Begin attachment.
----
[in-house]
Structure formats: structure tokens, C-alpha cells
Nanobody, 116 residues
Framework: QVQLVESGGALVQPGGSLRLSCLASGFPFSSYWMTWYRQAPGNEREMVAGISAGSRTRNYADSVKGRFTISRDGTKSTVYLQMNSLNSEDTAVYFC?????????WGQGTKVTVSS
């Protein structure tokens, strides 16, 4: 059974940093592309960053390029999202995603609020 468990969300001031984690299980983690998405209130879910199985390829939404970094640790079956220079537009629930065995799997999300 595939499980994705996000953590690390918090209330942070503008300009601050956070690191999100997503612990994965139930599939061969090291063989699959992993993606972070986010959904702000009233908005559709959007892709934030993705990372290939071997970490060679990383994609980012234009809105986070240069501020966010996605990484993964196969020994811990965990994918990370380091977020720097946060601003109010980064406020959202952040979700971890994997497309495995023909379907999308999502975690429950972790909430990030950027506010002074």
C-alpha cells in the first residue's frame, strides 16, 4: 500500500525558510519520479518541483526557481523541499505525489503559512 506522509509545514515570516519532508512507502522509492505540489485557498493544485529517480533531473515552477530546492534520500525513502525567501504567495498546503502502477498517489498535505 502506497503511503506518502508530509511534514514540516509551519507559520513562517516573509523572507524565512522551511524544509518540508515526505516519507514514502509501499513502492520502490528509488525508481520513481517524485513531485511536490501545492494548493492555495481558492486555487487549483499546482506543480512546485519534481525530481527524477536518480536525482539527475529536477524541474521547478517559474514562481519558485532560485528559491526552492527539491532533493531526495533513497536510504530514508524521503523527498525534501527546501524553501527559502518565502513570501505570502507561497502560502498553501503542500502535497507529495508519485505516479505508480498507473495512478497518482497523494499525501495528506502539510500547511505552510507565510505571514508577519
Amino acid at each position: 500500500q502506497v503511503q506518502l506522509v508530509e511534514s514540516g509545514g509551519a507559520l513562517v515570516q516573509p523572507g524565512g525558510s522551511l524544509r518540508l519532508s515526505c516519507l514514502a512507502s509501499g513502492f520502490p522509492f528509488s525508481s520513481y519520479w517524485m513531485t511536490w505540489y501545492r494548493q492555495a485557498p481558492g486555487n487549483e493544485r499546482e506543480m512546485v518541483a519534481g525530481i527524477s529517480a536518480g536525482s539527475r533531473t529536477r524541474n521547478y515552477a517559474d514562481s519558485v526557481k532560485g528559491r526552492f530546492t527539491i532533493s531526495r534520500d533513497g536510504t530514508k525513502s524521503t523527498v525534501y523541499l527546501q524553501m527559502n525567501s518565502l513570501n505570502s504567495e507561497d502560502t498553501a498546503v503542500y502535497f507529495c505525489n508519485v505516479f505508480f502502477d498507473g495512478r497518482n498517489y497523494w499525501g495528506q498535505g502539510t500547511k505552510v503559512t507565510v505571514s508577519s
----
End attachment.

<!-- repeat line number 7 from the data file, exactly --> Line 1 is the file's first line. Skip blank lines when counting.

Amino acid at each position: 500500500q502506497v503511503q506518502l506522509v508530509e511534514s514540516g509545514g509551519a507559520l513562517v515570516q516573509p523572507g524565512g525558510s522551511l524544509r518540508l519532508s515526505c516519507l514514502a512507502s509501499g513502492f520502490p522509492f528509488s525508481s520513481y519520479w517524485m513531485t511536490w505540489y501545492r494548493q492555495a485557498p481558492g486555487n487549483e493544485r499546482e506543480m512546485v518541483a519534481g525530481i527524477s529517480a536518480g536525482s539527475r533531473t529536477r524541474n521547478y515552477a517559474d514562481s519558485v526557481k532560485g528559491r526552492f530546492t527539491i532533493s531526495r534520500d533513497g536510504t530514508k525513502s524521503t523527498v525534501y523541499l527546501q524553501m527559502n525567501s518565502l513570501n505570502s504567495e507561497d502560502t498553501a498546503v503542500y502535497f507529495c505525489n508519485v505516479f505508480f502502477d498507473g495512478r497518482n498517489y497523494w499525501g495528506q498535505g502539510t500547511k505552510v503559512t507565510v505571514s508577519s